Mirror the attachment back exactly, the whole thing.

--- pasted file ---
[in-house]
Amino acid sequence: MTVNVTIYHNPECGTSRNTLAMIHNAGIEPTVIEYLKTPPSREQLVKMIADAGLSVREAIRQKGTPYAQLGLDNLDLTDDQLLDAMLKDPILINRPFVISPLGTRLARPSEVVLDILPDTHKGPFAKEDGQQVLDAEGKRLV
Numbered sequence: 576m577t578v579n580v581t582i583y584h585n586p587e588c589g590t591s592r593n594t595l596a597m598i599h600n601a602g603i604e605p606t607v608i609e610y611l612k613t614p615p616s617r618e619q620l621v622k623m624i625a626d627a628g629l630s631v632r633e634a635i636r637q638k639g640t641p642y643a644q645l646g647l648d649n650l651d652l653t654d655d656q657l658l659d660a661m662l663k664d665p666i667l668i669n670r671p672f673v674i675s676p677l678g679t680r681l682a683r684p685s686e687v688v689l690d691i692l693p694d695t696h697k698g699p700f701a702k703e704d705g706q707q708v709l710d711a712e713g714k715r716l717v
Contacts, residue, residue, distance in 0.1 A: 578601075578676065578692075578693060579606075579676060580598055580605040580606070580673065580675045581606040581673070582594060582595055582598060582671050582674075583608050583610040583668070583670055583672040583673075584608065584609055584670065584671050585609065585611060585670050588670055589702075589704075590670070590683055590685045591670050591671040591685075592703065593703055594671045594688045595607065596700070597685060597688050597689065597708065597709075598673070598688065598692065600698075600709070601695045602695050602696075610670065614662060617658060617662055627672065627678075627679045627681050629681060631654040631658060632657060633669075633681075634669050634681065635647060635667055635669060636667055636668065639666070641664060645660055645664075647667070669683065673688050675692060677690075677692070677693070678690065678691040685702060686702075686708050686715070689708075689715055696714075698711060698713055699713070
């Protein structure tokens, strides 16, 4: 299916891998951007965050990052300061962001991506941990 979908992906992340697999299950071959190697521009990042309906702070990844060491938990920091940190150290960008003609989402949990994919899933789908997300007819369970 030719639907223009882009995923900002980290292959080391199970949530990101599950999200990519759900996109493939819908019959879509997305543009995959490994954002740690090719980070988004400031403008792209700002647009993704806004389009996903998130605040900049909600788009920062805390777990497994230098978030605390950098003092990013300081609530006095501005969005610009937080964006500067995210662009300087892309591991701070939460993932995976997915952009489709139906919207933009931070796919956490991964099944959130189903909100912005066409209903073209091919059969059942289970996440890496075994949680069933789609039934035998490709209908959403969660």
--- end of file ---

[in-house]
Amino acid sequence: MTVNVTIYHNPECGTSRNTLAMIHNAGIEPTVIEYLKTPPSREQLVKMIADAGLSVREAIRQKGTPYAQLGLDNLDLTDDQLLDAMLKDPILINRPFVISPLGTRLARPSEVVLDILPDTHKGPFAKEDGQQVLDAEGKRLV
Numbered sequence: 576m577t578v579n580v581t582i583y584h585n586p587e588c589g590t591s592r593n594t595l596a597m598i599h600n601a602g603i604e605p606t607v608i609e610y611l612k613t614p615p616s617r618e619q620l621v622k623m624i625a626d627a628g629l630s631v632r633e634a635i636r637q638k639g640t641p642y643a644q645l646g647l648d649n650l651d652l653t654d655d656q657l658l659d660a661m662l663k664d665p666i667l668i669n670r671p672f673v674i675s676p677l678g679t680r681l682a683r684p685s686e687v688v689l690d691i692l693p694d695t696h697k698g699p700f701a702k703e704d705g706q707q708v709l710d711a712e713g714k715r716l717v
Contacts, residue, residue, distance in 0.1 A: 578601075578676065578692075578693060579606075579676060580598055580605040580606070580673065580675045581606040581673070582594060582595055582598060582671050582674075583608050583610040583668070583670055583672040583673075584608065584609055584670065584671050585609065585611060585670050588670055589702075589704075590670070590683055590685045591670050591671040591685075592703065593703055594671045594688045595607065596700070597685060597688050597689065597708065597709075598673070598688065598692065600698075600709070601695045602695050602696075610670065614662060617658060617662055627672065627678075627679045627681050629681060631654040631658060632657060633669075633681075634669050634681065635647060635667055635669060636667055636668065639666070641664060645660055645664075647667070669683065673688050675692060677690075677692070677693070678690065678691040685702060686702075686708050686715070689708075689715055696714075698711060698713055699713070
């Protein structure tokens, strides 16, 4: 299916891998951007965050990052300061962001991506941990 979908992906992340697999299950071959190697521009990042309906702070990844060491938990920091940190150290960008003609989402949990994919899933789908997300007819369970 030719639907223009882009995923900002980290292959080391199970949530990101599950999200990519759900996109493939819908019959879509997305543009995959490994954002740690090719980070988004400031403008792209700002647009993704806004389009996903998130605040900049909600788009920062805390777990497994230098978030605390950098003092990013300081609530006095501005969005610009937080964006500067995210662009300087892309591991701070939460993932995976997915952009489709139906919207933009931070796919956490991964099944959130189903909100912005066409209903073209091919059969059942289970996440890496075994949680069933789609039934035998490709209908959403969660």